Attendance at the Virgin Islands Music Festival (shown above on the night of Friday, May 24) was much lower than expected overall. (File Photo: Allison Vaughn)

Though attendance at the recent Virgin Islands Music Festival was far lower than organisers hoped amid calls for a boycott, Premier Dr. Natalio “Sowande” Wheatley said his government won’t give up on such events.

Instead, he said he will work to improve them in the future in order to boost tourism in the territory.

During a press conference on Friday, the premier did not provide details about the finances or attendance of the festival, which he previously had said was allocated $670,000 that government hoped to make back through ticket sales, sponsorships and other revenue streams.

Attendance for the event appeared far weaker than expected, with no more than 1,000 people showing up for the prime Saturday night highlight and far fewer on the other two nights.

But the premier said he would host local meetings focusing on the event when he returns from delivering a statement to the United Nations on decolonisation in New York this week.

The discussions will concentrate on pricing, event length and the entertainment line-up, the premier said.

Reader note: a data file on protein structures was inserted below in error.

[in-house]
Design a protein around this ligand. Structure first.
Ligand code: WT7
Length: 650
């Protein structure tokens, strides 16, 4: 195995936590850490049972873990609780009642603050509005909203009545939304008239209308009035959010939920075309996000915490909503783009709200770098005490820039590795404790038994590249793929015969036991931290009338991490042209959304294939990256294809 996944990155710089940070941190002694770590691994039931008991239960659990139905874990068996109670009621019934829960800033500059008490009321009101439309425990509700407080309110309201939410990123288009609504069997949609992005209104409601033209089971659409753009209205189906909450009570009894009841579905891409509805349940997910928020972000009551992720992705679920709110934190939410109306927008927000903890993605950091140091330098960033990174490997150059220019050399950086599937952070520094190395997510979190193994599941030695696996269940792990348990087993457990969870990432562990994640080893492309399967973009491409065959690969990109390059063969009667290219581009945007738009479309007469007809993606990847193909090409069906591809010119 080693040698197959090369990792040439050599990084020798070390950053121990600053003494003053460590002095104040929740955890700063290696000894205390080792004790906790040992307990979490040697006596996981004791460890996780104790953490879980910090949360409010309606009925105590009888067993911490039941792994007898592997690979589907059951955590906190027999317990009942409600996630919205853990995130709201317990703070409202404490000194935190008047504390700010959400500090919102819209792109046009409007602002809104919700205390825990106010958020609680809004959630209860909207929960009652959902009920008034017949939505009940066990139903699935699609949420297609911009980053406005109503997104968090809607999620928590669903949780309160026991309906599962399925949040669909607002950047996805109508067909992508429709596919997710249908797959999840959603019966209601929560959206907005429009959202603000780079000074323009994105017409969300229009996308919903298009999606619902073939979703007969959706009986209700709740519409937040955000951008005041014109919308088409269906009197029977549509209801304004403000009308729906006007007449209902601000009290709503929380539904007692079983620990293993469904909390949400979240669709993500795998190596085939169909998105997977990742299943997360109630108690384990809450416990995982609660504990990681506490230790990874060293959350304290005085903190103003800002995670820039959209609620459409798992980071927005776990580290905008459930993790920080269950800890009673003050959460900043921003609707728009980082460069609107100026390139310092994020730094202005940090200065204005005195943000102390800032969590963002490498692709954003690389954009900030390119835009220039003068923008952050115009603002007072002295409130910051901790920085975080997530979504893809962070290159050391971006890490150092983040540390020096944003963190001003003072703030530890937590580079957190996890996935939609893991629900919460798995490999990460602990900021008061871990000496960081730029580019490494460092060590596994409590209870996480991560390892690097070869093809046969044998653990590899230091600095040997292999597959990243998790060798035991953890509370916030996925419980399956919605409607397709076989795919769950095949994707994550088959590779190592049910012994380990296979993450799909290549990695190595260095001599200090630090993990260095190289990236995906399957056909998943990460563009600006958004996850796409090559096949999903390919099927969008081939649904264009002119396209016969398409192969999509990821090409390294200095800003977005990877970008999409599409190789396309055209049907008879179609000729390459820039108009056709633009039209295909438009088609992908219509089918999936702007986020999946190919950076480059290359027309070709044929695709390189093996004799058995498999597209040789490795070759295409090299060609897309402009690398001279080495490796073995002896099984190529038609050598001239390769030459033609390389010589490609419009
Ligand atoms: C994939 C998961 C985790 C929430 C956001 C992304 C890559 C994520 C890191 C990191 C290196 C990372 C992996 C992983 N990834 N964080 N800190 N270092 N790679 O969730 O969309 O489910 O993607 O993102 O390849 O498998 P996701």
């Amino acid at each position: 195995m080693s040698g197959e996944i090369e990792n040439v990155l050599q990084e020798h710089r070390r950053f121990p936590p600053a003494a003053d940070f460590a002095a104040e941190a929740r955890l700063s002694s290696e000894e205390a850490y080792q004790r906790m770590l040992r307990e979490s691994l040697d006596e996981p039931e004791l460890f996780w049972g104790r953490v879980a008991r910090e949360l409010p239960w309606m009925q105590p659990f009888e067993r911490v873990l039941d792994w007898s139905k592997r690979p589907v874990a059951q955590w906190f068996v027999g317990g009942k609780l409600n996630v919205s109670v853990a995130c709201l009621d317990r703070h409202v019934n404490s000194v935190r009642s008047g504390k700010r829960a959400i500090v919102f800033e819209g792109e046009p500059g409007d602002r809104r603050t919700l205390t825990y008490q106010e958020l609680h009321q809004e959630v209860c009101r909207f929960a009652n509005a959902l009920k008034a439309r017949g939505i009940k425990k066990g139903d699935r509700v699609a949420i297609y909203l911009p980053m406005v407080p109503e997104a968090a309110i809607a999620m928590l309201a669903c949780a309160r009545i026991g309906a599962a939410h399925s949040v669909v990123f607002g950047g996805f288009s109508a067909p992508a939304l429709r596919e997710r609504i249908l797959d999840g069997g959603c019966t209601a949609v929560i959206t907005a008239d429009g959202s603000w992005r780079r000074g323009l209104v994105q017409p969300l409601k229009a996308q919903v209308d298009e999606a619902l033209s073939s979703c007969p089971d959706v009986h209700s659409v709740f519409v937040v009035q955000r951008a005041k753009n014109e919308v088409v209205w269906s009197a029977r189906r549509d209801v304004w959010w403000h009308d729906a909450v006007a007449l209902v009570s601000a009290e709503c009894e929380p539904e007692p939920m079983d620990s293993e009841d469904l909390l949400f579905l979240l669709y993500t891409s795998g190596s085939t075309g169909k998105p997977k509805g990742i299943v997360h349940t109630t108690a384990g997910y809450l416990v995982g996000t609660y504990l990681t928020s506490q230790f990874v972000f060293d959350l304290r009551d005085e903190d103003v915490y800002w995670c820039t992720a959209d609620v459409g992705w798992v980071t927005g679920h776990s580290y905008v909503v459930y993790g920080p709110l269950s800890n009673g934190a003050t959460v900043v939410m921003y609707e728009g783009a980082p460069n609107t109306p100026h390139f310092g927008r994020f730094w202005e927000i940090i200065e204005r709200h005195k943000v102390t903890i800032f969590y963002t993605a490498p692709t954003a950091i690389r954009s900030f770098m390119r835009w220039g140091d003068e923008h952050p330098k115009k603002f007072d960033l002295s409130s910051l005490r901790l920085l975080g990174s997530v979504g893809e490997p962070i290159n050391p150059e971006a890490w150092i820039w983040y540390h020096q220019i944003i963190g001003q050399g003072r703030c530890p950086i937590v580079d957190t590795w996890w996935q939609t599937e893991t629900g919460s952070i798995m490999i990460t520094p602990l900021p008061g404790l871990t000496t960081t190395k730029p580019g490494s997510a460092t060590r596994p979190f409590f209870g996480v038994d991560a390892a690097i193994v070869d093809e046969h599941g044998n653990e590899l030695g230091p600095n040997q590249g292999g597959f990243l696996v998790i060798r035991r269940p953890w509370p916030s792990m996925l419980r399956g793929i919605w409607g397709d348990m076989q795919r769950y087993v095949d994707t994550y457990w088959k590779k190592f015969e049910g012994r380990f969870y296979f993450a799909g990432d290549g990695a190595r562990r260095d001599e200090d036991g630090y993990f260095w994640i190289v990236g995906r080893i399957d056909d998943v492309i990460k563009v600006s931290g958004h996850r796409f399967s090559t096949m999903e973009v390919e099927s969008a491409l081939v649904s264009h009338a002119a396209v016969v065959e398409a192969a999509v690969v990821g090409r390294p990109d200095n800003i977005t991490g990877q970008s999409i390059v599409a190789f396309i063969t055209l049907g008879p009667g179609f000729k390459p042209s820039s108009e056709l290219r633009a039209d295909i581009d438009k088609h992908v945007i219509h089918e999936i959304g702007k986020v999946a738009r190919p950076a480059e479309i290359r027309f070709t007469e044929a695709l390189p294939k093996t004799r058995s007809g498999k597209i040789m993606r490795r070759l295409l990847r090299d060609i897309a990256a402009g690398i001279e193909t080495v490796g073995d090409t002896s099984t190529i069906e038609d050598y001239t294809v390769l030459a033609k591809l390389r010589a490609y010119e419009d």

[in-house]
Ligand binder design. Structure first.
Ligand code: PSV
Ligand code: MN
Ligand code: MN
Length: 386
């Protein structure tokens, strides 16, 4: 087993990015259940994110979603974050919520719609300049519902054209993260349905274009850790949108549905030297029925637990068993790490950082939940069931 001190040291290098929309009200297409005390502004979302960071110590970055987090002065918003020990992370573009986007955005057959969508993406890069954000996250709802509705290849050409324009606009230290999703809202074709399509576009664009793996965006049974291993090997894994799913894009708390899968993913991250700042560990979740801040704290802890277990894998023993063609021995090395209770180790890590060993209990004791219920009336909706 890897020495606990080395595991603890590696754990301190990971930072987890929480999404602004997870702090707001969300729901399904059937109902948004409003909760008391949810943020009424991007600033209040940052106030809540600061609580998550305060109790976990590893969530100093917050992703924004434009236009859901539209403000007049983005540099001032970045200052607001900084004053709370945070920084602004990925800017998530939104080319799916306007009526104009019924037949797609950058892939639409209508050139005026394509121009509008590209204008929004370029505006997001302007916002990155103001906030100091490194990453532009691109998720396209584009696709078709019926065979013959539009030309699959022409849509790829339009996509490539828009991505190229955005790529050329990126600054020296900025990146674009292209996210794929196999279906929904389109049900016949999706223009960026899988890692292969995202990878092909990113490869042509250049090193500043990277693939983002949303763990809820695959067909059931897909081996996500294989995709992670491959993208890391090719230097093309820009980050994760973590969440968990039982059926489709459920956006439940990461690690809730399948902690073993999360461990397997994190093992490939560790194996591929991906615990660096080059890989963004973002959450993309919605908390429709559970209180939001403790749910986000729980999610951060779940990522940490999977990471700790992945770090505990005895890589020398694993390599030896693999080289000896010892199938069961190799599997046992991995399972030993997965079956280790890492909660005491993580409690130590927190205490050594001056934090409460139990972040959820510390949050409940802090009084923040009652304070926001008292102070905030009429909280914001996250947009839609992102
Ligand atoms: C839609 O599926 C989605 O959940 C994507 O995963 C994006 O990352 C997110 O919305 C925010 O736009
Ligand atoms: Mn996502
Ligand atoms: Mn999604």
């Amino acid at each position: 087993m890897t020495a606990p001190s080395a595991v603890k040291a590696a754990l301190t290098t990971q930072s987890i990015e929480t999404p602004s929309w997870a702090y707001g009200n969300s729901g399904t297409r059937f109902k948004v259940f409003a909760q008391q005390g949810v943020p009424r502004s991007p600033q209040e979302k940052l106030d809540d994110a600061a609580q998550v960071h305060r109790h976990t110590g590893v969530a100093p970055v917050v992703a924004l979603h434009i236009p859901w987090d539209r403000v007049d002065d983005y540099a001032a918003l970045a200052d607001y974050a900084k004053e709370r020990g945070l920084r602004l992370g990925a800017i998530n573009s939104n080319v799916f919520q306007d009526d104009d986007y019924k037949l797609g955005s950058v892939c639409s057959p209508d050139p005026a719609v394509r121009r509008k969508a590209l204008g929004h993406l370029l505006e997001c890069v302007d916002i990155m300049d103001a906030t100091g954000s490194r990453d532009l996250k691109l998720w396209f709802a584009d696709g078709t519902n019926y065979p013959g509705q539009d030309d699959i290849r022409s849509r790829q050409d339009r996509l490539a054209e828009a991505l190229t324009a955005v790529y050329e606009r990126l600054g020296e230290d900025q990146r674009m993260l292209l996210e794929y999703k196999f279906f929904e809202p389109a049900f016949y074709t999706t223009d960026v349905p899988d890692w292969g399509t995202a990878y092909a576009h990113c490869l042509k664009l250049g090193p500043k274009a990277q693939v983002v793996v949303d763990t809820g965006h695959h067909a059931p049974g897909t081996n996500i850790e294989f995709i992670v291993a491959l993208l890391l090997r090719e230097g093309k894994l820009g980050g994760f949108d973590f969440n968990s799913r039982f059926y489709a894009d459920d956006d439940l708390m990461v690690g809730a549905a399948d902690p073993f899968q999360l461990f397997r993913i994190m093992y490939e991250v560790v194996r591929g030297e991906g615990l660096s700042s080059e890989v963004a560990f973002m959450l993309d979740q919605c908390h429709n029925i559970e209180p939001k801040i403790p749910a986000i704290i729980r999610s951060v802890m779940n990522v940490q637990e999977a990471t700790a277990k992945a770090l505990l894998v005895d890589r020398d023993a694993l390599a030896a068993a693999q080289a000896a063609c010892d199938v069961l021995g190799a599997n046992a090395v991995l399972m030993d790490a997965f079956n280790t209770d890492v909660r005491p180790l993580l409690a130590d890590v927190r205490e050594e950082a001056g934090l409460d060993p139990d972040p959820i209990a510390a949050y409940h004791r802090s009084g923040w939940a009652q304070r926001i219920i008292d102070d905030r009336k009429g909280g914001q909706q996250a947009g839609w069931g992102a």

“I will have a debriefing with all stakeholders to discuss the execution of the event and how it can be improved,” he told reporters on Friday. “We are committed to making event tourism an integral part of the Virgin Islands tourism product.”

Boycott calls

The event drew calls for a boycott from residents who said that government should not be spending money on a music festival at a time when basic infrastructure needs such as roadwork are dramatically underfunded.

Even Deputy Premier Lorna Smith suggested before the event that she had reservations about it, telling ZBVI Radio in May, “I support the government’s agenda, but I don’t think the premier expects me to agree with everything he does.”

However, Dr. Wheatley insisted on Friday that the festival would be a template for future moves to attract tourists.

“I firmly believe the music festival will be a model for future economic activities — particularly benefiting small businesses,” he said. “Event tourism is a powerful catalyst for growth and development.”

The premier said the cost and length of future festivals would be considered.

“We can look at the price of the event,” he said. “We can look at whether it was wise to do over three days as opposed to two days. We can look at the line-up, how it’s marketed.”

Dr. Wheatley added that the discussions on the music festival would occur after he returns from trips to New York and the Cayman Islands.

“I think that bringing back the music festival can be built on,” he said. “There can be improvements.”

The three-day festival was held behind the Ralph T. O’Neal Administration Complex in Road Town.

Alkaline was the top act on the Saturday set, but audience figures did not appear to reach 1,000.